The organisation, established by a UK couple called Keith and Hilary, has built school and clinic as well as initiated many livelihood improvement projects in the village since 2003.
Lamin Kijera, the director of WYCE, said the aims of the organisation include giving quality education through teacher training and parent support to ensure that every child has equal opportunity to learn academic and social skills.The organisation also supports skills training and healthcare.
In an interview with The Point newspaper at his office in Madina, Mr Kijera said one of the first major engagements of the organisation at the village was building an early years school.The school started with 50 students.
Today, the school has expanded as it now has up to grade 7 and has more than 500 students enrolled.Those children of Madina Salaam who are in grade 8 and 9 go to Gunjur Upper Basic School and they are given bicycles by WYCE to ease their transportation to and from the school.
Mr Kijera said WYCE recently received a donation from a UK organisation called School in Bag.The UK organisation donated more than 400 school bags with books, pencils, set boxes, pens, food basins and water bottles to be distributed among the students of Madina Salaam school.
As the school is gradually standing on its foot, WYCE has also built a clinic in Madina Salaam.
Before the clinic, Mr Kijera said when women are in labour, it was donkey carts that were used to transport them to Gunjur health centre and some of them usually give birth on the road.
“This was why the organisation decided to build a clinic for the villagers to avoid all those critical problems,” he said.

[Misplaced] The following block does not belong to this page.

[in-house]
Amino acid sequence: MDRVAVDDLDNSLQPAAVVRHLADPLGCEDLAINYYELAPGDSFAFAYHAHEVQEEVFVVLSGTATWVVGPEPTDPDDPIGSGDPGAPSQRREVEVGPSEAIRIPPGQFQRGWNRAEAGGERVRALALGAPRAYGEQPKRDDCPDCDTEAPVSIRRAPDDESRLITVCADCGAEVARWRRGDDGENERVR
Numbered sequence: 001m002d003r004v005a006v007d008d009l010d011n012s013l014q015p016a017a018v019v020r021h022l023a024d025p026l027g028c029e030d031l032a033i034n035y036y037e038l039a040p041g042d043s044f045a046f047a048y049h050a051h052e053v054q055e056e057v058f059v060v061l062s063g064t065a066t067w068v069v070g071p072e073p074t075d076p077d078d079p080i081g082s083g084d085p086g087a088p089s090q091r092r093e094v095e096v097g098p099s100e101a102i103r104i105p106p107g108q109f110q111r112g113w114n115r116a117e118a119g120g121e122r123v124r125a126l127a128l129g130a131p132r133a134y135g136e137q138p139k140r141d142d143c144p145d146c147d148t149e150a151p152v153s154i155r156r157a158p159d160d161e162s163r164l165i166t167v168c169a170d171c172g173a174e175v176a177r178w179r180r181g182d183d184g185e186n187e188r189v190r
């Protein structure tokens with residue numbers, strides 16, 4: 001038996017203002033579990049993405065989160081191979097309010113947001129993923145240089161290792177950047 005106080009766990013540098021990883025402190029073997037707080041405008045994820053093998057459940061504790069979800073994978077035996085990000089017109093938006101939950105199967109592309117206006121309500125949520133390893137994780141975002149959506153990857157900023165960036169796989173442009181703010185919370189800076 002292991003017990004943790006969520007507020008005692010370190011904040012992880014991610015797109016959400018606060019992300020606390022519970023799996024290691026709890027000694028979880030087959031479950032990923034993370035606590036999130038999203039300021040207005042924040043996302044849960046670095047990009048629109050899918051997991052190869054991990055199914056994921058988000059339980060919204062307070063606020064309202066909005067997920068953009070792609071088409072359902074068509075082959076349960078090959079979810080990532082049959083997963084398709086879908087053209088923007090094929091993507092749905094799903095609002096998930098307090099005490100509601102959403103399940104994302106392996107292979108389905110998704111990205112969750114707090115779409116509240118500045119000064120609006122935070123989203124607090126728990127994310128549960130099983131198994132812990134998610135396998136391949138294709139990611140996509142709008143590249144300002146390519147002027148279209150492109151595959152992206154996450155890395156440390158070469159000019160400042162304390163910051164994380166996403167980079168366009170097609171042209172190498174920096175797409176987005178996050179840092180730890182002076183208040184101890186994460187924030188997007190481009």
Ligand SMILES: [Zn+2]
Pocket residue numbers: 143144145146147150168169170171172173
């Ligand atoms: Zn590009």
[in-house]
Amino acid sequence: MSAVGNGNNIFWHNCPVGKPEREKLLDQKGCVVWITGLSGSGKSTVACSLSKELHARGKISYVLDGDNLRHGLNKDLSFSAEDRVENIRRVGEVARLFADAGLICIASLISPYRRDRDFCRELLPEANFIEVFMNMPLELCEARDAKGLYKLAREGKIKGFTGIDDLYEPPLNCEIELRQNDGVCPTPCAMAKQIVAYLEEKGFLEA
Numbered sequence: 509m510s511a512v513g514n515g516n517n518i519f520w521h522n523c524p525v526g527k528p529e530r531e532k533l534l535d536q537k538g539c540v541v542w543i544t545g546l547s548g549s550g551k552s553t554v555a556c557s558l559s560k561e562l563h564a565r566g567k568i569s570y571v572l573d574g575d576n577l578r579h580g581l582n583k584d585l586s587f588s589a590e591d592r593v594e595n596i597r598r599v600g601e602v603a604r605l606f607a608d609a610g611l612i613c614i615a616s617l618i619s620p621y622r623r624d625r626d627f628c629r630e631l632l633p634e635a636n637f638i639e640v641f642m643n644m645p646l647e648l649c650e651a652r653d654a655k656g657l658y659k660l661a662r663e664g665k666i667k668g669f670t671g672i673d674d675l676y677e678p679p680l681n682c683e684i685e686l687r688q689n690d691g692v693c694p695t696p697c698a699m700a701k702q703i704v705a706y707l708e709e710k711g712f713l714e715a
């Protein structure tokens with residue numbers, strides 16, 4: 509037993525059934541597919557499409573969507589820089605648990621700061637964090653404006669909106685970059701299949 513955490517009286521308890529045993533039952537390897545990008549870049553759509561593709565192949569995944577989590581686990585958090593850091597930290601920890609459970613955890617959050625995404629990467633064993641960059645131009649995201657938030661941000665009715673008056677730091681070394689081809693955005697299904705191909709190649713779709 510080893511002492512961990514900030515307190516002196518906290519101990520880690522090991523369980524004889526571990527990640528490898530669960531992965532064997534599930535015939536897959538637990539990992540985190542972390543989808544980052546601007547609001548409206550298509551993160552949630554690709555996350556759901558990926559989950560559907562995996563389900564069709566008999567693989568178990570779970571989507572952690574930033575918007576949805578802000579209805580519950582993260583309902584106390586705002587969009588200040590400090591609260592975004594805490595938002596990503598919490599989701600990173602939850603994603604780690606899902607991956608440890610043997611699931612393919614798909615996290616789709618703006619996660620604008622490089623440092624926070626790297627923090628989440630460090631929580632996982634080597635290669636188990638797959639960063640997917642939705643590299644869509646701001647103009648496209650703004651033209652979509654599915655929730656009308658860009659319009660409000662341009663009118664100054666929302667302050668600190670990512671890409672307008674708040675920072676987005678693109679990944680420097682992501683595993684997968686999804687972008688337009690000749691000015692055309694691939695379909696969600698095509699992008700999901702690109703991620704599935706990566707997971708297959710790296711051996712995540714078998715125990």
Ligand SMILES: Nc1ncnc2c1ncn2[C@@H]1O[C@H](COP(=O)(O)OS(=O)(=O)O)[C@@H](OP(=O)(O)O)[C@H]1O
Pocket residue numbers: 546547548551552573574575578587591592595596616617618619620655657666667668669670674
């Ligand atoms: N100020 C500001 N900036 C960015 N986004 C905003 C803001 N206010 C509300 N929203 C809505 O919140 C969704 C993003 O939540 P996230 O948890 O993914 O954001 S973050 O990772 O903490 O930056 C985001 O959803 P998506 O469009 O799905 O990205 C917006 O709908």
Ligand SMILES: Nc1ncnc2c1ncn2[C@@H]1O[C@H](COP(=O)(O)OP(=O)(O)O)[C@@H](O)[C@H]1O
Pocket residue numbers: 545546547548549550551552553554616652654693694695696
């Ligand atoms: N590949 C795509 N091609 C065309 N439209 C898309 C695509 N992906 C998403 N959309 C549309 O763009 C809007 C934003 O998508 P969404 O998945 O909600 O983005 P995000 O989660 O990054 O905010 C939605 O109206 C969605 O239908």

Apart from helping in education and health, WYCE has done lots of programmes especially in skill training for women at Madina.
A lot of volunteers from the UK and other parts of Europe have been to The Gambia to work on different projects of the organisation.
WYCE has also trained the village youth on beekeeping.The organisation has supported the village in various endeavours geared towards its holistic development.
Mr Kijera gave a synopsis of how the organisation started in The Gambia saying the founders of WYCE from UK first came to The Gambia for their honey.
He said: “During their stay at a hotel in the country, lots of children requested pen and book from them.After their return to the UK, they thought that giving the children pens and books is just to solve their immediate need but there is a need to think of supporting the children for the future.”
When they came back to The Gambia again, the couple talked to the late EK Sarr, a former governor, about building school for the children in The Gambia.The late Mr Sarr encouraged them to do it.
They then decided to register an organisation in The Gambia to enable them do a sustainable help in the country.
“This was how the organisation started,” WYCE Gambia director said.